Boarding House is a Reach

Songwriter Jack White tries for something different on new album. Photo courtesy of Third Man Records

This isn’t a think piece. Not an “in defense of “article or a faux open letter. Let’s just call it what it is.

Jack White wrote a bad album. For the first time. Ever.

The bluesman has high-class problems. Arguably the best guitarist in a generation doesn’t want to be pigeonholed. Fine. Make inwards and grow? Even better, but White’s Boarding House Reach is the modern, sonic equivalent of Lou Reed’s Metal Machine Music.

While mean fanboys will cite its genius, casual fans will turn away with the truth being somewhere in the middle. What is clear is Jack White’s electric dalliance clearly is a misstep in his expertly crafted analog aesthetic. Its good in theory. Repurposing blues song structures to a synth aesthetic is hardly original and it just reeks of contrivance.

“Connected by Love” starts off well enough with the fervor of a gospel revival but is sunk with a lazy trap beat. And then it gets worse. “Why walk a dog” and “Get in the Mind Shaft” make you ask, “Why am I listening to this?” with its non-sequitur lyrics and aimless song structure. Credit White being able to go from “why” to “how” because I sincerely don’t know how “Abulia and Akras” and “Ezmerelda Steals the Show” ever made it into the canon of the guitarist’s music. Technically, they’re interludes but they add nothing to the proceedings. You must listen to “Everything You’ve Ever Learned” a few times because it’s just that unmemorable.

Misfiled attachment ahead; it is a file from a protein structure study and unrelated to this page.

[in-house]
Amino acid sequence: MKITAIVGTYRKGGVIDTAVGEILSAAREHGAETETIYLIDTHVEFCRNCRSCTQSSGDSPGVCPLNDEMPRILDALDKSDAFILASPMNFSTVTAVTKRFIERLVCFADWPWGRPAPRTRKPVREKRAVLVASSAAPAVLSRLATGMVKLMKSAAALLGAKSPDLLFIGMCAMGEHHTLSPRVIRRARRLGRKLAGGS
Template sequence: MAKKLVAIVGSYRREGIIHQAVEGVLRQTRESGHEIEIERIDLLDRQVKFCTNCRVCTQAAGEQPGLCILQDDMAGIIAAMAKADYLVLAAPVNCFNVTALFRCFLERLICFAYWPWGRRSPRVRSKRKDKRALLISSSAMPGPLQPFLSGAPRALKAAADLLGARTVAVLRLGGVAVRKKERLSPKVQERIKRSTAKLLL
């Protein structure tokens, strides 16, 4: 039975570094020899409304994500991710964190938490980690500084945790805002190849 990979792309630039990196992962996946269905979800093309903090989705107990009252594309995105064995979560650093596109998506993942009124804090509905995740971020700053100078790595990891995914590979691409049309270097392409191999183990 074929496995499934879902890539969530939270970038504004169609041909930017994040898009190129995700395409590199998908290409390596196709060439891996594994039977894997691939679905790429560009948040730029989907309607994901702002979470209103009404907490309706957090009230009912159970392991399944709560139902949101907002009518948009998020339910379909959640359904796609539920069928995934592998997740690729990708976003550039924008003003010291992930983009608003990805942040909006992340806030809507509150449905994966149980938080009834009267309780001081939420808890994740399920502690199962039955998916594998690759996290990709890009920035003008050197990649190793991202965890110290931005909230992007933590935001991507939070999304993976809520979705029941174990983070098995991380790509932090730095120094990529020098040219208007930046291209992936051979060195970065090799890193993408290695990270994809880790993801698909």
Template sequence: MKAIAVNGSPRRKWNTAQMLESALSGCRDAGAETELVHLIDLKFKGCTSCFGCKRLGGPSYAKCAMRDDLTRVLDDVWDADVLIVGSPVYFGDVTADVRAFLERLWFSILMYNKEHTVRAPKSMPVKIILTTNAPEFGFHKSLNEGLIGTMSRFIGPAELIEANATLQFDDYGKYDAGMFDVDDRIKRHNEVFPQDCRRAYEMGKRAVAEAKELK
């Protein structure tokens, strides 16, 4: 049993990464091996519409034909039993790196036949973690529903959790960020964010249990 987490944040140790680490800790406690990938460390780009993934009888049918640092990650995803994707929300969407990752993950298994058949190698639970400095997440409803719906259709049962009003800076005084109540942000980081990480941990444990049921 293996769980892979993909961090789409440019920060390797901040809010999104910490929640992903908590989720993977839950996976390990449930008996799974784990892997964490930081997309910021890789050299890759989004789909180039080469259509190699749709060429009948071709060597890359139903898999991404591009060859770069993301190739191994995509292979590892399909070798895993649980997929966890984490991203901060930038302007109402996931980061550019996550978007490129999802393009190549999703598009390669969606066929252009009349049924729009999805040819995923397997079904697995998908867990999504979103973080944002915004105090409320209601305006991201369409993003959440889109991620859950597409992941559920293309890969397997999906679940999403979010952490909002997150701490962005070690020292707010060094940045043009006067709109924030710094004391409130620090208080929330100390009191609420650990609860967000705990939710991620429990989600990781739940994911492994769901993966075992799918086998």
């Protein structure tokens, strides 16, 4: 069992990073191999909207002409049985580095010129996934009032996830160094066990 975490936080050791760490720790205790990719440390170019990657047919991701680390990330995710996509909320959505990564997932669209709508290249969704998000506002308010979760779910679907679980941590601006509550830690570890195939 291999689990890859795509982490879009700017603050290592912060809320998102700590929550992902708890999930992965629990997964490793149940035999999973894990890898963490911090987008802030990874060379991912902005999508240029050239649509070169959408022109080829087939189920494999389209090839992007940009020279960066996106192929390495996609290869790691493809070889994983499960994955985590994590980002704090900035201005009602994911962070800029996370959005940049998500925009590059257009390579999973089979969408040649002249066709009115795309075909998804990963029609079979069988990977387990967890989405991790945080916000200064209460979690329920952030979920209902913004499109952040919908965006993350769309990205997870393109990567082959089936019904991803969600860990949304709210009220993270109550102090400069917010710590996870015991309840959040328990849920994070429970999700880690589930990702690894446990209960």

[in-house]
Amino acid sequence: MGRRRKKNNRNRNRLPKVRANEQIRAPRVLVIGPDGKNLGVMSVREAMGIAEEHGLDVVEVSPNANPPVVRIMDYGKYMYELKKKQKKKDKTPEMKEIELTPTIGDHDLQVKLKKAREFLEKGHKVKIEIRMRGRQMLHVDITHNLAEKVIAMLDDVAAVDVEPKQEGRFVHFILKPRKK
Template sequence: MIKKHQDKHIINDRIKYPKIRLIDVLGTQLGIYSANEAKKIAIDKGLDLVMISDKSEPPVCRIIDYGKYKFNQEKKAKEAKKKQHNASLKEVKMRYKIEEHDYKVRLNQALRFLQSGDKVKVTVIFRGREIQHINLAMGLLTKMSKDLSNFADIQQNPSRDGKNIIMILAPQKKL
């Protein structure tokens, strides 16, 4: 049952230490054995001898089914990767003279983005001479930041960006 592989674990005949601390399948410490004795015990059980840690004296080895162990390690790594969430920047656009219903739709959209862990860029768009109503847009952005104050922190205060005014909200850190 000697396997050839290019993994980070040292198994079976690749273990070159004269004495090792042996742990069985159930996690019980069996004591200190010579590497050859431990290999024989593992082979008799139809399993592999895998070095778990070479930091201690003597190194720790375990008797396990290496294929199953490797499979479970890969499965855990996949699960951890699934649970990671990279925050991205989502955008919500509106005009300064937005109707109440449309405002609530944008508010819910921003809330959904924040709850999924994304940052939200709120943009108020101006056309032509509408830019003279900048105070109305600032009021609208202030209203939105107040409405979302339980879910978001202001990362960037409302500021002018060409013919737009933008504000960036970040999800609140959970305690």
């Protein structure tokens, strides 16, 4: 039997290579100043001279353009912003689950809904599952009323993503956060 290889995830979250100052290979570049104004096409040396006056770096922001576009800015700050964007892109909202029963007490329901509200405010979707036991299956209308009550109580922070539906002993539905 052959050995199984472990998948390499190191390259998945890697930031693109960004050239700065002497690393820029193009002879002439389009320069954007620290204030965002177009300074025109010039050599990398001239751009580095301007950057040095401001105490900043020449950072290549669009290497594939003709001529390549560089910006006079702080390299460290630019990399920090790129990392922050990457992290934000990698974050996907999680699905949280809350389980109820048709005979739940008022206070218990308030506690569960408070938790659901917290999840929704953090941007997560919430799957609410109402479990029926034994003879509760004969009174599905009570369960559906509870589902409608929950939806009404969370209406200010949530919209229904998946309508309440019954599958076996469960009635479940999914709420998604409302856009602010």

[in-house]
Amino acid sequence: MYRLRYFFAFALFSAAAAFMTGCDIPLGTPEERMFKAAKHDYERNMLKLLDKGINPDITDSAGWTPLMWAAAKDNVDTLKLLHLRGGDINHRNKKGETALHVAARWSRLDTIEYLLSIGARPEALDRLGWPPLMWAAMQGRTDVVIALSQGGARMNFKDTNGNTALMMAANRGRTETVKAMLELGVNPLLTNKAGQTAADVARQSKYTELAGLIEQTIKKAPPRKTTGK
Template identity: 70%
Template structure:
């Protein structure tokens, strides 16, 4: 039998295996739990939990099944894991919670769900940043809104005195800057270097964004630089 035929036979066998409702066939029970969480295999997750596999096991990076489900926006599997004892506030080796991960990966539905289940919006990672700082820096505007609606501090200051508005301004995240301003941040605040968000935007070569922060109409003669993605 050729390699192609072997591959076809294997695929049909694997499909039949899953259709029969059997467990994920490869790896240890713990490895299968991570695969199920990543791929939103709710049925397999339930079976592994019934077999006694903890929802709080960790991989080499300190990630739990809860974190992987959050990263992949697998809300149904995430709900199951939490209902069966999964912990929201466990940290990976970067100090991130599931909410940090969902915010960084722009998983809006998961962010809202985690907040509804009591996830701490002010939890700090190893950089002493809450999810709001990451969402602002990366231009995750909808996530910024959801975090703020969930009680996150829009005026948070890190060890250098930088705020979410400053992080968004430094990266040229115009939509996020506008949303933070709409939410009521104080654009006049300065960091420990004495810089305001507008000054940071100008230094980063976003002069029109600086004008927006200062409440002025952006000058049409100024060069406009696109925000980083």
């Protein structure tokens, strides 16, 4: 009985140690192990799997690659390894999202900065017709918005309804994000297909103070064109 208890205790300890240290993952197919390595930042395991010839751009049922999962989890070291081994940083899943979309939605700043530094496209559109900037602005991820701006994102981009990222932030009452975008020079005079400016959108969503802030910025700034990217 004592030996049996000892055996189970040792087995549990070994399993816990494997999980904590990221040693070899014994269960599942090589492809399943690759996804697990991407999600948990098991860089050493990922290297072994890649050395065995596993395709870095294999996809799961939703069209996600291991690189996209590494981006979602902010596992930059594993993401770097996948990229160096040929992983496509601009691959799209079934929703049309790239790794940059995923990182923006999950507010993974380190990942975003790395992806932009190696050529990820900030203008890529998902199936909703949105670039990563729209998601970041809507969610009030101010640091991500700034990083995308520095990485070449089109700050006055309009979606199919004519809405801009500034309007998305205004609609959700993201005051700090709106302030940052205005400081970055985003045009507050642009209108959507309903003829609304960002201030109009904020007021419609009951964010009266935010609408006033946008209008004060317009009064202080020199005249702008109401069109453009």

The treble funk of “Corporation” is nice and reminds me, but is a redux of post-prime Beck but not as good. White can still shred when he wants to. It’s a shame he doesn’t as “Hypermisophoniac” recalls the funkier parts of “Get Behind Me Satan.” “Ice Station Zebra” sounds as close as what White had in his head, artistically.

“Over and Over and Over” is instant classic Jack White. The upbeat dreams, the fuzzy and angular guitar riffs with the catchy chorus, “Over” could’ve been on White’s masterpiece—“Elephant.”

Boarding House Reach is a wonderfully horrible experiment. It feels like a missed opportunity as the songwriter is otherwise in a creative peak. Listen at your own risk.


JP Spence

JP Spence is a writer, screenwriter, and improviser living in Los Angeles. He previously served as the media critic for the Topanga Messenger and as Editor-In-Chief for the LA Valley Star. You can find Josh @JP_Spence on twitter or at any press screening.

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